He and she

David Ebershoff’s 2000 bestseller The Danish Girl, based on/inspired by the lives of artists Einar and Gerda Wegener, has been adapted to the screen in genteel albeit well-acted fashion by Oscar-winning director Tom Hooper.

Fresh from his Best Actor Oscar in last year’s The Theory of Everything, Eddie Redmayne offers another smashing portrayal – two, actually – as Einar, who comes to realize he’s a woman trapped in a man’s body and adopts the alter-ego of Einar’s non-existent cousin Lili.

What started as a charade when one of Gerda’s models didn’t show up for a sitting, becomes something else again. Gerda (Alicia Vikander) isn’t entirely prepared for her husband’s disclosure – who would be? – but she stands by her man, even when he decides he wants to be a woman.

Redmayne truly creates distinctive personalities for each character – one can’t help but miss Einar when Lili “enters” – and his fascinating performance is neatly balanced by Vikander’s enormously sympathetic performance. Redmayne’s is the showier role (obviously), but Vikander is the film’s backbone. Einar has found his identity, Gerda may have lost, or seceded, hers.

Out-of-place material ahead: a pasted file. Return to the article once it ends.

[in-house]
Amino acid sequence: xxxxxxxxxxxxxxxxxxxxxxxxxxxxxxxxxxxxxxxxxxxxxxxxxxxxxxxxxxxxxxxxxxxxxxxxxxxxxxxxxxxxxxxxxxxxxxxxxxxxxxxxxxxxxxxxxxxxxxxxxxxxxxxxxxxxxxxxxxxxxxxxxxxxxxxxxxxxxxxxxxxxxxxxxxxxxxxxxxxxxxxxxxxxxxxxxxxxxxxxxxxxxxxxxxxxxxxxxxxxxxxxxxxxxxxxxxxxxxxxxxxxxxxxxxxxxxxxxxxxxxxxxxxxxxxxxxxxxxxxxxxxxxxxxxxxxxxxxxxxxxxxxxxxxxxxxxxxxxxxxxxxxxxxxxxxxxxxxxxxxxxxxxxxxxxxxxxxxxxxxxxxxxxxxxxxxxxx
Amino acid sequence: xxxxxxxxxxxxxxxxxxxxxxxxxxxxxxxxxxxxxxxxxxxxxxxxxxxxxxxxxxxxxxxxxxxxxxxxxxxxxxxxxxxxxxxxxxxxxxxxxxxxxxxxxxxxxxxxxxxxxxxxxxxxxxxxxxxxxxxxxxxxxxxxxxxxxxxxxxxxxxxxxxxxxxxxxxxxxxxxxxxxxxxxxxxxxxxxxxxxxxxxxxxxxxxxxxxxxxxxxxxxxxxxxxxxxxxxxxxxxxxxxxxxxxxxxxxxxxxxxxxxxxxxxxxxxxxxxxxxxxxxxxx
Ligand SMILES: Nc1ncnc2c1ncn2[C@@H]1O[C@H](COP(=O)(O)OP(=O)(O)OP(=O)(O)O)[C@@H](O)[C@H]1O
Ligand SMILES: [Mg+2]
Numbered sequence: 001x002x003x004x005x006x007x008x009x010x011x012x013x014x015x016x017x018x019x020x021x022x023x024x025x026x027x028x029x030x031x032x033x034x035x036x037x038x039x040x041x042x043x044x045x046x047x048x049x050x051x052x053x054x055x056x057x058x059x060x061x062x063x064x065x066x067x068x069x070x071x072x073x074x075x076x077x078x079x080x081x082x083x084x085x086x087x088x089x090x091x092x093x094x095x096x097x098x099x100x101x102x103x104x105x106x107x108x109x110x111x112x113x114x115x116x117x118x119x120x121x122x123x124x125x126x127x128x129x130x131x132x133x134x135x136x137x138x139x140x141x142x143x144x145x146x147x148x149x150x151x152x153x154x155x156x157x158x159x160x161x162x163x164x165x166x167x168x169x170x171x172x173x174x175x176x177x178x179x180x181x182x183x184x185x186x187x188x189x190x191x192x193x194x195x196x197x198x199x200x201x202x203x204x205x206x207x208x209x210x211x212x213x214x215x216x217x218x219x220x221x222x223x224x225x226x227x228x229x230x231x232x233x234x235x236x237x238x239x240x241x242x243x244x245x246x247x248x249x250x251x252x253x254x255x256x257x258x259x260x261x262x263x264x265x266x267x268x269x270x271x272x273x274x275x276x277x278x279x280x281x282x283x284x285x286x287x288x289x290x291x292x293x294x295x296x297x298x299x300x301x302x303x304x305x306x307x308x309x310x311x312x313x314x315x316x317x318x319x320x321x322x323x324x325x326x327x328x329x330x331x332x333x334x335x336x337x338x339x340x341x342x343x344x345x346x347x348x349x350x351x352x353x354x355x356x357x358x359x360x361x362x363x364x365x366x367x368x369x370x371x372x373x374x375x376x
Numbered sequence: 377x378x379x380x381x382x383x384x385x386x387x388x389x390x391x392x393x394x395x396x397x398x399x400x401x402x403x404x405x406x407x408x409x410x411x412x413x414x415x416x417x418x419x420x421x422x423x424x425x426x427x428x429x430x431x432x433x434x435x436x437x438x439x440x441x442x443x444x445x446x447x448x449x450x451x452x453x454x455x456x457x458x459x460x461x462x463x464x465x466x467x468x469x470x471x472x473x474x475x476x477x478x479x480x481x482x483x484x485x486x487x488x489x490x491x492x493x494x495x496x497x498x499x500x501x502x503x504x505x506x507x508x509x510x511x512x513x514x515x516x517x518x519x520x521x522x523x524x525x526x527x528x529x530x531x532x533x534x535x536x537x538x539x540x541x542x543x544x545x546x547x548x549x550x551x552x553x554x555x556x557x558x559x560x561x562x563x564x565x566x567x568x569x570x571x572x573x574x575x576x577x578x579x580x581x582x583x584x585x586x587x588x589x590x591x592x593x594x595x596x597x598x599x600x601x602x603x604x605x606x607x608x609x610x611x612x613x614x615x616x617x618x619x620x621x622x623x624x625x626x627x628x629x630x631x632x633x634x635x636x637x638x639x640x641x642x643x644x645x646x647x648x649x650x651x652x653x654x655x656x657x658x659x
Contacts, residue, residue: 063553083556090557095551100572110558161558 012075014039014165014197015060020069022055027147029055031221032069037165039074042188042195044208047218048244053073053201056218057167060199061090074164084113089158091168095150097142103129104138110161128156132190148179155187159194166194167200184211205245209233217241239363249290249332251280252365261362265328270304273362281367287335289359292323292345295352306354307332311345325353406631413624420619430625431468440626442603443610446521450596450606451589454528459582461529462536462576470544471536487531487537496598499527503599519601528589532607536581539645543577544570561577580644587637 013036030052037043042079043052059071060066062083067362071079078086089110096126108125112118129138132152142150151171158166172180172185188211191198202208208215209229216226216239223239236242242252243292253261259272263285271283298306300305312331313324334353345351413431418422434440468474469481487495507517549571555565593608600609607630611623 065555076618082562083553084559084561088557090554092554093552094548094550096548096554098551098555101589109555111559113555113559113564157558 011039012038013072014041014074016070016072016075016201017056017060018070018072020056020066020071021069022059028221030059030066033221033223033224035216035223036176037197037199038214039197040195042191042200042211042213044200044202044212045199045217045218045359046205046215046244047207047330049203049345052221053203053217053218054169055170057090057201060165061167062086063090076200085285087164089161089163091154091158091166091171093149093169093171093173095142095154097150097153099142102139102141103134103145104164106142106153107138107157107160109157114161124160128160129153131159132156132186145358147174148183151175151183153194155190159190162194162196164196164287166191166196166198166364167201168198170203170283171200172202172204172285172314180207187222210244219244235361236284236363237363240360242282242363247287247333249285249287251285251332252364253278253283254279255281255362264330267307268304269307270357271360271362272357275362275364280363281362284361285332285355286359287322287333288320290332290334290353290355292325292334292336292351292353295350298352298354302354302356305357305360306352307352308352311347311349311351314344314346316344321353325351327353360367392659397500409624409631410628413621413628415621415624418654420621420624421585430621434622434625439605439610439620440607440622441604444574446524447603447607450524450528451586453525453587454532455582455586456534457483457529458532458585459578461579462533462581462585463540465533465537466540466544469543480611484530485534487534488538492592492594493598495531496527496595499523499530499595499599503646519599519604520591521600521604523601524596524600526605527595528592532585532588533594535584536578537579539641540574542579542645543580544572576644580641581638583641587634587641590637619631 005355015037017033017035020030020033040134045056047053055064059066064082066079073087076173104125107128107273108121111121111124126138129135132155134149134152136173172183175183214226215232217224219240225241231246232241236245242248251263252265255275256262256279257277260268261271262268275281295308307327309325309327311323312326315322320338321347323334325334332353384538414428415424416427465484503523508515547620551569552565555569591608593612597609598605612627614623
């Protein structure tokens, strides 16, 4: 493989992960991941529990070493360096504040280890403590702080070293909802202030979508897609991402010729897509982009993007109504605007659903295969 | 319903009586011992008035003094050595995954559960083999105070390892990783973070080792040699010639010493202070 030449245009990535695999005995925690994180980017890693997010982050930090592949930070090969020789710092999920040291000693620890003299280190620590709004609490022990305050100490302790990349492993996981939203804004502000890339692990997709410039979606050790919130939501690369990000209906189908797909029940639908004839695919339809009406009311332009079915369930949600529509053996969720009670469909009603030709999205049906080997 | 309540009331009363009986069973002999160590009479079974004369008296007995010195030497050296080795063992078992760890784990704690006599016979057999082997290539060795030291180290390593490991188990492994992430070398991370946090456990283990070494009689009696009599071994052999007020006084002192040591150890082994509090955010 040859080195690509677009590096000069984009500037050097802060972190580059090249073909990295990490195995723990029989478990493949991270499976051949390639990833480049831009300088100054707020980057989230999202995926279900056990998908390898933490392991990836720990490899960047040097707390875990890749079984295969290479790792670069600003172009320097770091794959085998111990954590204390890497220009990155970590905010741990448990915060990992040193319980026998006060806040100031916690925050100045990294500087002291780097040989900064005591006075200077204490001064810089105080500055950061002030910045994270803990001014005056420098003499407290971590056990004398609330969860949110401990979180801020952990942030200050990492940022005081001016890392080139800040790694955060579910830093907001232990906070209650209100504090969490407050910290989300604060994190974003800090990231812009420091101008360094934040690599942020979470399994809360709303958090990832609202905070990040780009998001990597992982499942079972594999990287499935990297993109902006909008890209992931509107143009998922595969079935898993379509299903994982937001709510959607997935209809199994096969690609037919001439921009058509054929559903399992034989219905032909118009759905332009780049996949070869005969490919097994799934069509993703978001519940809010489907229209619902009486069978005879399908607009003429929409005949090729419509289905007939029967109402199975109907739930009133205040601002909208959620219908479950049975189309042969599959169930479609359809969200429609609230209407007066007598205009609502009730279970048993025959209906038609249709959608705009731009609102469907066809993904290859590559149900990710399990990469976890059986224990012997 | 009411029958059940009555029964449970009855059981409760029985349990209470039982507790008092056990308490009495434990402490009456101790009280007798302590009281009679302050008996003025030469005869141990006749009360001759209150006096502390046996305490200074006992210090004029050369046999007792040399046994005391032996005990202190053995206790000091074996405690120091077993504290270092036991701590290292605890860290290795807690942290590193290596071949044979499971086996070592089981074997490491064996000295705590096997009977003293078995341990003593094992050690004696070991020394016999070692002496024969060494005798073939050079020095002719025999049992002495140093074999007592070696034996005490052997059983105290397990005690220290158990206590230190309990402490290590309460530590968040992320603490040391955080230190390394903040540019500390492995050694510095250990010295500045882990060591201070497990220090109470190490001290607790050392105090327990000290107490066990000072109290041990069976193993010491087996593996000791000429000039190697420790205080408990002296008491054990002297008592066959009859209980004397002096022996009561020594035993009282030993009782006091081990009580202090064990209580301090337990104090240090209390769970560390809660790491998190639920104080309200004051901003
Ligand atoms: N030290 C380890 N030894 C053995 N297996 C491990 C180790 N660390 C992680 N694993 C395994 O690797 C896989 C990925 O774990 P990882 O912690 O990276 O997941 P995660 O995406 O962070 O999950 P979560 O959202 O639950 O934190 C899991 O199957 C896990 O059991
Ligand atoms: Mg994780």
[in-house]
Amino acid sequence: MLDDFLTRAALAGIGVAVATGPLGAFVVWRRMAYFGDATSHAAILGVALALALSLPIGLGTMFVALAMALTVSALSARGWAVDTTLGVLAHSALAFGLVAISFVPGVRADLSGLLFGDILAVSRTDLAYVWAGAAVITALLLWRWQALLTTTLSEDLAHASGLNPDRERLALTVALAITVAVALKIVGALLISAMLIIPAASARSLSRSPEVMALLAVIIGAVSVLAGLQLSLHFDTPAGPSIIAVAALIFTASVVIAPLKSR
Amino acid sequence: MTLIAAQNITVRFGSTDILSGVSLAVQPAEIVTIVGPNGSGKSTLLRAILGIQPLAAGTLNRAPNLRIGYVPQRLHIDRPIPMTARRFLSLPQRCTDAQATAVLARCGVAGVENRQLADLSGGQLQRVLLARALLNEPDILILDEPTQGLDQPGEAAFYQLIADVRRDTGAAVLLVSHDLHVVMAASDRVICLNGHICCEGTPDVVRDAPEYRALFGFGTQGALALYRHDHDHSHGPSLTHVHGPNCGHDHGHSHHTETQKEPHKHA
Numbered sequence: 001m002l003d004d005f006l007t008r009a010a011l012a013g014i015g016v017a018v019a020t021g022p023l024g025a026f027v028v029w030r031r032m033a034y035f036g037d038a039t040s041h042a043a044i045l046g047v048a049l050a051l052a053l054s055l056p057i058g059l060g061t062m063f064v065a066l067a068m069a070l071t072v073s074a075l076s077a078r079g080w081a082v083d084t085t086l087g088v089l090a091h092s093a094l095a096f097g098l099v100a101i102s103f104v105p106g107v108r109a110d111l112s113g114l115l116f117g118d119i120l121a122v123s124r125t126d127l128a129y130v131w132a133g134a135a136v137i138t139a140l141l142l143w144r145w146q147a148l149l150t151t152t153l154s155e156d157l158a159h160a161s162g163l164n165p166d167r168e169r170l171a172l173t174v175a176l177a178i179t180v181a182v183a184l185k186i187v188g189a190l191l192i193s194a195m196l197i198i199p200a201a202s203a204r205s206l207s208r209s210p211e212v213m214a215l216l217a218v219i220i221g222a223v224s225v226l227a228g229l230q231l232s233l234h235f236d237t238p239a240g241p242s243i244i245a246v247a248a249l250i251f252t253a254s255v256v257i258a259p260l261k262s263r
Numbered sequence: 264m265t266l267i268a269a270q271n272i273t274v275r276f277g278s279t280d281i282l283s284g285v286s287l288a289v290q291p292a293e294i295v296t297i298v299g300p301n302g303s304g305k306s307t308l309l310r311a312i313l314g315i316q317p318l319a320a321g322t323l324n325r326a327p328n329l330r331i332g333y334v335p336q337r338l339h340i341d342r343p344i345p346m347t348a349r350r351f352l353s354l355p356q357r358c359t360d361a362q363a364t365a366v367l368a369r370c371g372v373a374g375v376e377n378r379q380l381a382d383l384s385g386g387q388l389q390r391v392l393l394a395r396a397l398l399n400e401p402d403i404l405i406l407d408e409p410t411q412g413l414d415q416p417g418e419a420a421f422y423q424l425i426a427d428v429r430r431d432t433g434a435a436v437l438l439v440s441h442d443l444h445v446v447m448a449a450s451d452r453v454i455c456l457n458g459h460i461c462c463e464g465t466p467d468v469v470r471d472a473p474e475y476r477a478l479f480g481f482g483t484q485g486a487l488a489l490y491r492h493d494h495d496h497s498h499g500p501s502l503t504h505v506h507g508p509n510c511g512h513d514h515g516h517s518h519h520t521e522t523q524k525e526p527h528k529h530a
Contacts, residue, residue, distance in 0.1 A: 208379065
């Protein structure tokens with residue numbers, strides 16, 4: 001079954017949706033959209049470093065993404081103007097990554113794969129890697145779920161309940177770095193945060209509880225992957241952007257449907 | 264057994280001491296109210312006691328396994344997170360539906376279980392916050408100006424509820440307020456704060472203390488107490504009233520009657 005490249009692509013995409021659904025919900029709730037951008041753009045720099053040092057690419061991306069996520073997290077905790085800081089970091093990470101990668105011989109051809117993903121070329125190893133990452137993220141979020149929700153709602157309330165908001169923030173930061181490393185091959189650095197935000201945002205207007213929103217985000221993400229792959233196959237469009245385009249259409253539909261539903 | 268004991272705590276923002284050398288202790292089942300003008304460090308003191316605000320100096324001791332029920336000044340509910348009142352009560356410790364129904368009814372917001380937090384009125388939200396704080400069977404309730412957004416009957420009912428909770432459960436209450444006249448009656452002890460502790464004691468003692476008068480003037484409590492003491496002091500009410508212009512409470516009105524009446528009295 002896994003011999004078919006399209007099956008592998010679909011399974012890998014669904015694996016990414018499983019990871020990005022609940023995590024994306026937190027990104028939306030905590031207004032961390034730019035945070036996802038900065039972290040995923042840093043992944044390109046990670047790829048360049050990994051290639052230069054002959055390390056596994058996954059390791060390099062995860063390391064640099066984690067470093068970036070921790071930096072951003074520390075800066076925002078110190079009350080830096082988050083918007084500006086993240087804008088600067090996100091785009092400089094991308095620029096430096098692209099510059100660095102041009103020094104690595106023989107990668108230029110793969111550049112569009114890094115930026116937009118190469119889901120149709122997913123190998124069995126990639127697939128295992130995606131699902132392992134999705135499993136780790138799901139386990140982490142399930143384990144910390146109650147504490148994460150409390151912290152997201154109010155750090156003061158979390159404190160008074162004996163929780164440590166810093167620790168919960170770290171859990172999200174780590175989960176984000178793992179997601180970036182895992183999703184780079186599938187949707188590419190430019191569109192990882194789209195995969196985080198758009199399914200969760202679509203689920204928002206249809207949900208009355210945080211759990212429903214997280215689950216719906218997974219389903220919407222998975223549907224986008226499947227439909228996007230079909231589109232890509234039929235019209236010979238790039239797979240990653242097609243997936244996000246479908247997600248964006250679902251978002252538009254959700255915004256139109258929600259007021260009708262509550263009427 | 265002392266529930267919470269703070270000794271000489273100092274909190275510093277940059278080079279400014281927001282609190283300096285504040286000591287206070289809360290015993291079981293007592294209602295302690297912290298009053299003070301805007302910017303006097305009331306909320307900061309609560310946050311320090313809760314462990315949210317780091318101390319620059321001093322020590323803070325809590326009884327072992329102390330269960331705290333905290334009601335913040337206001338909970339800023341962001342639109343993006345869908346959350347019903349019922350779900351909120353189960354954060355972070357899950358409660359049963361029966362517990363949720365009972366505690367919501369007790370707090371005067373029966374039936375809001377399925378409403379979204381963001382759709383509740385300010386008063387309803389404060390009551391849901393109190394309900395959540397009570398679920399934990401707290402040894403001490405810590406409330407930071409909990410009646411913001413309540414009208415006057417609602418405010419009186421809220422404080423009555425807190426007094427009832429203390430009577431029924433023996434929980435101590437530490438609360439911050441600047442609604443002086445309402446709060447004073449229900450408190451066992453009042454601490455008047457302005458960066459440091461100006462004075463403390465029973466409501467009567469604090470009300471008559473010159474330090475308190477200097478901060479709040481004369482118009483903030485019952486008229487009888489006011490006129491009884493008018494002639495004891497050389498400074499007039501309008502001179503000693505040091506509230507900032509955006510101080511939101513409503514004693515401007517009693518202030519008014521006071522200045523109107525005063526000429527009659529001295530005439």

Lucinda Coxon’s screenplay steadfastly avoids sensationalism of any kind. Indeed, there’s very little sense of the scandal this story might have caused, particularly in a 1920s setting. Hooper opts instead to focus almost exclusively on the relationship between Einar and Gerda, so close and intimate is their aesthetic and emotional bond.

The film works best as a tearjerker rather than a social polemic (although those elements are present), but it’s difficult to resist Redmayne and Vikander’s enormously sympathetic turns. Take away the gorgeous locations and Danny Cogen’s equally gorgeous cinematography, however, and The Danish Girl would feel right at home on the stage.

The Danish Girl opens Friday